‘Basically it’s about a man; the sea and a huge fish,’ I reply to my girlfriend’s question, as I lay sinking into our comfortable sofa. I’m on page 50 of the thinnest book I’ve ever owned, and
is being pulled further and further out to sea - and I have to say; I’m slightly concerned for him. I so wish the boy had gone with him; Santiago is way too old to be out there fishing alone. And now he’s hooked this huge Marlin that he desperately needs to catch, but which might not even fit into his boat. Santiago
You should know; that this is the first book by Hemingway that I’ve ever read. Criminal: fans might think? How the f**k has a guy in his 40s, who loves reading, never read any Hemingway? Or maybe, if you truly love EHs works, you’re feeling insanely jealous towards me? After all, I have read none of his books – it’s all still virgin to me.
To be honest with you, I just don’t know why I’ve never read any of his books, but here I am now, being towed out into the wide ocean with
, and I’m scared for him. I’m scared because I can’t tell what’s going to happen. Is he going to get the fish in; or will it escape, breaking the line, and Santiago. My money at the moment, is on the weather changing. The old man seems confident it will hold, but in the distance, I’m sure I can see a storm building on the horizon. Santiago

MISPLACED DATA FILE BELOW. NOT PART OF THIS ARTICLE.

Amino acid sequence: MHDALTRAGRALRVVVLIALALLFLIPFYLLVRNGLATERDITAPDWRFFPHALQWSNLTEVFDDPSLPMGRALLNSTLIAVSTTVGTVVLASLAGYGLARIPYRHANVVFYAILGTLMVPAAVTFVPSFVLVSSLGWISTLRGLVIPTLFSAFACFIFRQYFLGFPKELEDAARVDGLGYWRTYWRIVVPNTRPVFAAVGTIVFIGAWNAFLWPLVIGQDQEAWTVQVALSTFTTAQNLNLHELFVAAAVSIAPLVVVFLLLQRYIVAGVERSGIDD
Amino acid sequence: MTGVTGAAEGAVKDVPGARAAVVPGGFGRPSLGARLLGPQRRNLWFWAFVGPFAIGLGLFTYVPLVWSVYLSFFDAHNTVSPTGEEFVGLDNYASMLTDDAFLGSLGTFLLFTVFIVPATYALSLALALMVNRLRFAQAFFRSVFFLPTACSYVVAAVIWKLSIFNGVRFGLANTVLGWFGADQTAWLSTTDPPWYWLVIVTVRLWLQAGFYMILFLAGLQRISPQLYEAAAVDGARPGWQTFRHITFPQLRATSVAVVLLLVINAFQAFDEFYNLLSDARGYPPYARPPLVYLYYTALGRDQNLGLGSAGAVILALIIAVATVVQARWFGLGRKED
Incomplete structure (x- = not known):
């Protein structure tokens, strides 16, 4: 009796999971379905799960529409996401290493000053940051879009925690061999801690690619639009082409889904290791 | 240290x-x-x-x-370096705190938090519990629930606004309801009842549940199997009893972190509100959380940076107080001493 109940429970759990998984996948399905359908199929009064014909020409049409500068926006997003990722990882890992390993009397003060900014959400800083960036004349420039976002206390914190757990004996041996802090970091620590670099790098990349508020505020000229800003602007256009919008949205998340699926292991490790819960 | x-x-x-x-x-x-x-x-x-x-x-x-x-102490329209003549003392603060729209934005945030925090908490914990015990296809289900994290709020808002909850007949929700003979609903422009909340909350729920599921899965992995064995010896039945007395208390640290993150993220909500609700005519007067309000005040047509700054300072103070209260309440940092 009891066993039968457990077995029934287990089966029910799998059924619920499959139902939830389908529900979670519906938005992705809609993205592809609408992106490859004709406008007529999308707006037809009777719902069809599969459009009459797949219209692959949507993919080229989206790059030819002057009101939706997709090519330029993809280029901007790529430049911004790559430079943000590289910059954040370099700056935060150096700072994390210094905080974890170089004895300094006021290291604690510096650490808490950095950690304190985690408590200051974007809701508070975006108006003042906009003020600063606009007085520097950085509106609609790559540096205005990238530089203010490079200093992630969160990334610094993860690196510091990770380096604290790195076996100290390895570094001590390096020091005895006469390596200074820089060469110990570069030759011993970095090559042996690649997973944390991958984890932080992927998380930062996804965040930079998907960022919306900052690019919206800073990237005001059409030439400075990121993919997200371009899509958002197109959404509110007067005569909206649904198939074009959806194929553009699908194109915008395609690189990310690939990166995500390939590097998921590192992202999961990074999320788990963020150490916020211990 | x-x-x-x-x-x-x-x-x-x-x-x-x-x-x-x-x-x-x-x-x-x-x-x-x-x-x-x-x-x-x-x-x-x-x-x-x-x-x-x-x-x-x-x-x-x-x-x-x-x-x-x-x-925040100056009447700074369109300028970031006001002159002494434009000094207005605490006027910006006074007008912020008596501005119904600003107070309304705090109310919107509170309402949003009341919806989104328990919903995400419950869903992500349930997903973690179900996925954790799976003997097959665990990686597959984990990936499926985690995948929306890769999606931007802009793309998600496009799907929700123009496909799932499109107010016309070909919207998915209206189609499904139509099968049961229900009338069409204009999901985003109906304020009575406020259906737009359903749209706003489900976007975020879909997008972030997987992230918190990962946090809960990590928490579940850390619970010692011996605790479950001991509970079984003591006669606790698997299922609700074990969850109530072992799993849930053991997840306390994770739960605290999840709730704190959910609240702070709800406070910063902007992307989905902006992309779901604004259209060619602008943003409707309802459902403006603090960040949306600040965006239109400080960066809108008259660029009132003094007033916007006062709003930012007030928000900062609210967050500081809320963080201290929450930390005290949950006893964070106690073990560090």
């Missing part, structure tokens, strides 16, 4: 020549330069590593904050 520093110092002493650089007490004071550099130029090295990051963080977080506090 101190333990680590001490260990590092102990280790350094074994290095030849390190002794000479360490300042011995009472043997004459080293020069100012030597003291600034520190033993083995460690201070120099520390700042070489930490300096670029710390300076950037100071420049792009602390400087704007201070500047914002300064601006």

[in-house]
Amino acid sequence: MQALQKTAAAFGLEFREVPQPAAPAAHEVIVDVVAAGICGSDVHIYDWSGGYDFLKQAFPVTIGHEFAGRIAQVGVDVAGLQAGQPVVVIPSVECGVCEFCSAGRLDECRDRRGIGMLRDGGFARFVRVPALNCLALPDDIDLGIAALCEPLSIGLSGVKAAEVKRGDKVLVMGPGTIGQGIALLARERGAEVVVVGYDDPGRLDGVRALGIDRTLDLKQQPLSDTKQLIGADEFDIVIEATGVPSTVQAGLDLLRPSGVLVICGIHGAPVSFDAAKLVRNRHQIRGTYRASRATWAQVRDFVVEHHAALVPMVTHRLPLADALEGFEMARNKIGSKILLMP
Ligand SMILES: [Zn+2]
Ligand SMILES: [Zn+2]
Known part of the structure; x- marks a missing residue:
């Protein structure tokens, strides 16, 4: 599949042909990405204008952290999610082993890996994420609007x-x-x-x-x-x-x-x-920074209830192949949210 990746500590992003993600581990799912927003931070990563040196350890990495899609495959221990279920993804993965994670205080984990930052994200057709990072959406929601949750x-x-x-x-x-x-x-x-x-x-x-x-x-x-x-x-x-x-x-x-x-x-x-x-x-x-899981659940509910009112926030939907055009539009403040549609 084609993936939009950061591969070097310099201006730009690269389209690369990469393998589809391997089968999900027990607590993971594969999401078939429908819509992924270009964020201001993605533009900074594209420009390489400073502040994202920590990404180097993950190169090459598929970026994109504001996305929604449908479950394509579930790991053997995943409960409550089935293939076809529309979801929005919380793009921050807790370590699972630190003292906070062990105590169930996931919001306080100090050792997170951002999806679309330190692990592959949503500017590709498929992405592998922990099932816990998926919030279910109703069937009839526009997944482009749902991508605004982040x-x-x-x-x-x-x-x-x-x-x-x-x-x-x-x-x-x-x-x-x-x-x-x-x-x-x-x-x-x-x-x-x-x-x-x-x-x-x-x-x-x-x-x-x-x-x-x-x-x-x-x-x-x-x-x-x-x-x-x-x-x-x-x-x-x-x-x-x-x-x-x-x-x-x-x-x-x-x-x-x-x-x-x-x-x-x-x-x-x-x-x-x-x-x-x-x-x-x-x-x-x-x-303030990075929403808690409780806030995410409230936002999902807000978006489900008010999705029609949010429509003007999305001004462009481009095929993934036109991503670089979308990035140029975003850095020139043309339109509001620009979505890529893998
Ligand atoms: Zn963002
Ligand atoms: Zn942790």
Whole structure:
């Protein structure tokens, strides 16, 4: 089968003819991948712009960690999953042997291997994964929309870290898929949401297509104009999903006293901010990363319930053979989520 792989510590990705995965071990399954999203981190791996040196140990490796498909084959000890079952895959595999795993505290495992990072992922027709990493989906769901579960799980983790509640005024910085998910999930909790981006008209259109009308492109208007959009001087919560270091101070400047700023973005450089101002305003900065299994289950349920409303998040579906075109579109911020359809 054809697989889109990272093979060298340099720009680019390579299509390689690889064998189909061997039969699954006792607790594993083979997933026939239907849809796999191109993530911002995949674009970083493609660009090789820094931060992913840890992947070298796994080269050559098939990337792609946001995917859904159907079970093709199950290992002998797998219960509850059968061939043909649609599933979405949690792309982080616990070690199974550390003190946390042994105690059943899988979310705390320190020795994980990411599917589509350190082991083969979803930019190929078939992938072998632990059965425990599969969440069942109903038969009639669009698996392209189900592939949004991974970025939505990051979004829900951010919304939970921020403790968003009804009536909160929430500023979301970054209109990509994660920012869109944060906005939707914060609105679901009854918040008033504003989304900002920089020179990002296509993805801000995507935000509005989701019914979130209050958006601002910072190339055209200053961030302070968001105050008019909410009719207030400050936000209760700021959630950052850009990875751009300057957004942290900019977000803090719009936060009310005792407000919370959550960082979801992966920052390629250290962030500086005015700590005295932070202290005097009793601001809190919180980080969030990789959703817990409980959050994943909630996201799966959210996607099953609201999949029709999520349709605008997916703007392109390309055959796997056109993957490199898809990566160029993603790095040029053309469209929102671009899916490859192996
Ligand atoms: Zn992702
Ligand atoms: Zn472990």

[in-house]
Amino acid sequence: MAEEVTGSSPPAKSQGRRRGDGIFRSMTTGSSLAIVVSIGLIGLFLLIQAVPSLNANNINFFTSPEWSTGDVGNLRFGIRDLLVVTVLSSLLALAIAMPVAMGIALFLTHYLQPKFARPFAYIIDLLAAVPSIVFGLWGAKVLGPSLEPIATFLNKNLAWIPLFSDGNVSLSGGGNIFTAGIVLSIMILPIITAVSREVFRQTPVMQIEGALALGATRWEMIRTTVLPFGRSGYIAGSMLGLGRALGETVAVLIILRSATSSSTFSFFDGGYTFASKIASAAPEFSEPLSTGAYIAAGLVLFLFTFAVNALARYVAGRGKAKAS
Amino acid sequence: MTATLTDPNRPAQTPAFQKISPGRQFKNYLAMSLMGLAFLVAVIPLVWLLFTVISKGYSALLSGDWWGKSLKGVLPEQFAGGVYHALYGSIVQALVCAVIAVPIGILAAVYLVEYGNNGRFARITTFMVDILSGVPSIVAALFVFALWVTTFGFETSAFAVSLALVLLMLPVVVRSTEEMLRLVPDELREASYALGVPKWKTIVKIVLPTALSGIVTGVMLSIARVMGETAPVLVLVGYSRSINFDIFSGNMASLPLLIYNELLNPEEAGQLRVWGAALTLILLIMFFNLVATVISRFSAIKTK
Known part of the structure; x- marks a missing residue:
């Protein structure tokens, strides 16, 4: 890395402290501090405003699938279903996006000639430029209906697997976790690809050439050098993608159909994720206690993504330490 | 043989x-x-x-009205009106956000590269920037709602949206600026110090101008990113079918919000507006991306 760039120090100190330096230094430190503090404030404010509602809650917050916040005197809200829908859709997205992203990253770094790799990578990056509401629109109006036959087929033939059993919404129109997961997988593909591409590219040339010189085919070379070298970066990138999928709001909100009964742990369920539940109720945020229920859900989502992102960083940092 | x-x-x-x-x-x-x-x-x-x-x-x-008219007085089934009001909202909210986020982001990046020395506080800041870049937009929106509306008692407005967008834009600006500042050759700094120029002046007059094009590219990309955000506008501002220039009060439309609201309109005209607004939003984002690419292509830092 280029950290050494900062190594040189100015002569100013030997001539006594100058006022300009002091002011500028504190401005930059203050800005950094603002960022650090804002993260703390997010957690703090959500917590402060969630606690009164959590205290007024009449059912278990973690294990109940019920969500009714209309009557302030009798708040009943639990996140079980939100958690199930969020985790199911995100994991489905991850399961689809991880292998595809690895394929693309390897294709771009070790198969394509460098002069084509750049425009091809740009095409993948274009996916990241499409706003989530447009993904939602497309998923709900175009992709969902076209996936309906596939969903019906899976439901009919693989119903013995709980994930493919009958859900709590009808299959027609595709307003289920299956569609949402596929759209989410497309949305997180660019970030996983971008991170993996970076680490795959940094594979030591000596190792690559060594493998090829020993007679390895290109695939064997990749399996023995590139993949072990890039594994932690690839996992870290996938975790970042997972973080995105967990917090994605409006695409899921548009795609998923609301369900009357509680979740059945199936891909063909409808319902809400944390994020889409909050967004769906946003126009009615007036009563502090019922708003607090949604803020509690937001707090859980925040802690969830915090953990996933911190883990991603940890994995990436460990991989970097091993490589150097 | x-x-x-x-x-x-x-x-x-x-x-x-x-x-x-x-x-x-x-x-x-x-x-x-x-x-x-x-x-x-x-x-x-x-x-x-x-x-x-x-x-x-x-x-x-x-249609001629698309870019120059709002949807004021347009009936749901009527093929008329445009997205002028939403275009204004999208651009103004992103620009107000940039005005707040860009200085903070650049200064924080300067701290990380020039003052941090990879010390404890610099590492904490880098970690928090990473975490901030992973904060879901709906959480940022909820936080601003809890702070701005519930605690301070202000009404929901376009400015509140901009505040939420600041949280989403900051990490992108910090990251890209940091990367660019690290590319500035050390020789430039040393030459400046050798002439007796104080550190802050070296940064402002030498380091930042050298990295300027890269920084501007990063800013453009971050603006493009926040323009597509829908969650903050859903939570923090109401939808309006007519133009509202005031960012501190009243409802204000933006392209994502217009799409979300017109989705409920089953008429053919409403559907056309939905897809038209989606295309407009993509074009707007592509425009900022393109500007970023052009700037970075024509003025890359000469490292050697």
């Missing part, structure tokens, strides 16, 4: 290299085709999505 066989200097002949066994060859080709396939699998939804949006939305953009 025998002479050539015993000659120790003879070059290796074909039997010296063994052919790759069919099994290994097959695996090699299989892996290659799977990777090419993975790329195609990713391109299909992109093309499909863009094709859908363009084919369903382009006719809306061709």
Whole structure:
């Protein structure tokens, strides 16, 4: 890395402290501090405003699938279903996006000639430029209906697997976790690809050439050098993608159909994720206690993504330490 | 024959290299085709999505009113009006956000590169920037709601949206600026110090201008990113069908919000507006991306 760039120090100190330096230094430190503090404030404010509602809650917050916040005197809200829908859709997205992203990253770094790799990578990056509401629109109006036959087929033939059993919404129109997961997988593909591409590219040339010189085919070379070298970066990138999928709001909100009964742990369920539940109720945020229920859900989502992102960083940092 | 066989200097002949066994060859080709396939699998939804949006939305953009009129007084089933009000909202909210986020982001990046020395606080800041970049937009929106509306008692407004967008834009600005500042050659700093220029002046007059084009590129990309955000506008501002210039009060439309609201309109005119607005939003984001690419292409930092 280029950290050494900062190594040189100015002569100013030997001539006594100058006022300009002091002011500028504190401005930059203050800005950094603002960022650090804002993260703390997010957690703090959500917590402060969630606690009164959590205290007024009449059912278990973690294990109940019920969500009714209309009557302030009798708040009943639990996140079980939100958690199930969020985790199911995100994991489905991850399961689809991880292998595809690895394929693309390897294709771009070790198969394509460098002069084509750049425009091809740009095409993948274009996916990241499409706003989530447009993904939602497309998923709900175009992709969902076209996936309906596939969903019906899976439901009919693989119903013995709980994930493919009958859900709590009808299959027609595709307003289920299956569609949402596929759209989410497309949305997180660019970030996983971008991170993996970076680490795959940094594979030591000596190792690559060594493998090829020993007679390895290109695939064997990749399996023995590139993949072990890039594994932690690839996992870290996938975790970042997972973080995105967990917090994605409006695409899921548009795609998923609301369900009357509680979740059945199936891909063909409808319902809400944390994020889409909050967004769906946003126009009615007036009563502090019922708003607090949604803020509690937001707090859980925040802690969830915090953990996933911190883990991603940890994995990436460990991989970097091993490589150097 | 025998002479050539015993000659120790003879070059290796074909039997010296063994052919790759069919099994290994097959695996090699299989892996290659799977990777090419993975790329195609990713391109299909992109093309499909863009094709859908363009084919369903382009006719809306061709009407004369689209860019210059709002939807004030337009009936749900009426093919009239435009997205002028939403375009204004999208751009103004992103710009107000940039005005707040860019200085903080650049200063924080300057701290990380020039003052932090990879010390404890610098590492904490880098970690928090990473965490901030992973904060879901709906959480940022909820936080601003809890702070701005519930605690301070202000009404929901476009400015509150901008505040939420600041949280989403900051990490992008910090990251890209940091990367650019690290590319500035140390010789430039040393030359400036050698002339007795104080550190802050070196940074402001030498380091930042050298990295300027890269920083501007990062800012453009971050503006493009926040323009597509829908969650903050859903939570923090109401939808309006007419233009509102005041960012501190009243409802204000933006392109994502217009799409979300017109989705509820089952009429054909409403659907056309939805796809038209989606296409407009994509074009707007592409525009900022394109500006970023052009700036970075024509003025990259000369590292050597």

This is what I love about reading non fiction: the escapism, the way you assemble another reality in your head, regardless of your surroundings. I could be squashed on a busy train; or waiting for a hospital appointment on a hard plastic chair, or even laying on our big comfortable sofa after a day at work. I could be anywhere in the world, in any circumstance, but a great writer will transport me to another time or place, or even another life. He can show me things I might never see - great armies fighting each other as the gods look down from above, or two lovers sharing secret, hidden moments together. I can travel with him to places I will never see in my life; or even histories past that no one will ever see.
My girlfriend starts to cook tea, while I stay put on the sofa (don’t worry, we take turns at cooking). At some stage - as the sun dips and darkness creeps in from the east, filling the room with long shadows - she turns the house lights on. The jangling of pans and cutlery, and the smells of Indian food drift in from the kitchen, as I rejoin poor Santiago, afloat on the sea, which I can hear lapping against the side of his weathered skiff.